• Sole proprietors, partners, and self-employed individuals
  • Corporations and LLCs that have three or fewer executive officers and no employees

If your business hires subcontractors, you are responsible for ensuring that they are covered by their own workers’ comp policy, otherwise, you may be held liable if they get injured while doing work for you.

Workers' compensation insurance shields your business against financial losses and potential lawsuits by ensuring that workers who are injured on the job receive the medical benefits and compensation for lost wages they deserve. 

Workers' compensation insurance provides coverage if employees suffer:

  • Traumatic injuries
  • Strains and sprains
  • Cuts, punctures, and lacerations
  • Repetitive motion injuries like carpal tunnel syndrome
  • Certain job-related mental health problems
  • Occupational diseases

Workers' compensation insurance in New Hampshire provides injured employees with:

  • Full coverage for all medical treatment and hospital stays
  • Full coverage for related expenses like ambulance rides, prescriptions, physical therapy, and supplies like crutches, slings, and wheelchairs
  • Reimbursement for mileage to and from necessary medical appointments
  • Disability pay if the employee must take time off work to recuperate
  • Lump sum awards for injuries that result in permanent impairment or disfigurement
  • Funeral and burial costs up to $10,000, and death benefits to the employee's spouse and dependents if a work injury is fatal

Sometimes, workers’ compensation claims are denied. Some of the most common reasons for denial include:

  • The claim was filed more than three years after the date of the injury
  • The occupational illness was preexisting, or the injury occurred outside of work
  • The accident occurred while an employee was under the influence of drugs or alcohol
  • The insurance company believes the injury was intentionally self-inflicted by the employee
  • The claim is suspected to be fraudulent

If you or your employees believe that a claim was unjustly denied, you can appeal the decision to the New Hampshire Department of Labor within 18 months of the claim denial.

A workers' compensation insurance certificate is a document that shows proof of insurance. Sometimes, clients may request to see this proof before they will hire you to do a job. The workers' compensation insurance certificate includes details like:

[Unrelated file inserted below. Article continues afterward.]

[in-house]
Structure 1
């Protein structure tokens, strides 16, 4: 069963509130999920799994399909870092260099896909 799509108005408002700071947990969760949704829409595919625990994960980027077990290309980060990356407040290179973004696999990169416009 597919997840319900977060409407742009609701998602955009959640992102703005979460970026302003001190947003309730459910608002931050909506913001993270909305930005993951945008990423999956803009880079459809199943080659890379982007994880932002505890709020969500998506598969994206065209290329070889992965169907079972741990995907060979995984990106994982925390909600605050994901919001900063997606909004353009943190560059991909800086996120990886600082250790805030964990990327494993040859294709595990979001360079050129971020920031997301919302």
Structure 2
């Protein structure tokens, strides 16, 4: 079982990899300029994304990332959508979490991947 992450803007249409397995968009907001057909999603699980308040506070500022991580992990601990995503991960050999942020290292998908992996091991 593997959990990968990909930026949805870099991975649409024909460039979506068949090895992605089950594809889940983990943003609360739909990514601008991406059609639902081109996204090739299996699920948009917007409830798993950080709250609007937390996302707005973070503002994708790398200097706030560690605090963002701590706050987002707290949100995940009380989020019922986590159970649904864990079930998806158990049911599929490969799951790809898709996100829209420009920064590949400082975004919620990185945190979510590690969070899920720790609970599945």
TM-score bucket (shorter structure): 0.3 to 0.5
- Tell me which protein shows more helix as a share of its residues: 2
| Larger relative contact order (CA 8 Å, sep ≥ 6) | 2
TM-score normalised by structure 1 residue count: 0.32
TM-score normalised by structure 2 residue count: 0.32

• Name and address of the insured
  • Name of the insurance company and your policy number(s)
  • Effective date and expiration date of each policy listed
  • Your liability coverage limits

You will be issued a certificate by your insurer when you purchase your policy. 

Another way to demonstrate proof of insurance coverage is through the New Hampshire Department of Labor’s website, where anyone can do a search on employers to get verification of workers’ compensation insurance. This website shows the name of the insured, the insurance company, the policy number, and the effective date.

Independent insurance agents make finding the best workers’ compensation insurance coverage easy by shopping and comparing insurance quotes for you. Not only that, but these agents can cut the jargon and clarify the fine print so you know exactly what you’re getting.

No business is too small to benefit from working with an independent agent. These experienced agents work with multiple insurance companies to find you the best workers' comp coverage at the most competitive price. Arrange an obligation-free consultation with an independent insurance agent near you to get started.

For the most part, workers’ compensation benefits are not considered taxable income at the state or federal level. However, employees may face some taxes on these benefits if they are also receiving Social Security Disability Insurance benefits (SSDI) or Supplemental Security Income benefits (SSI).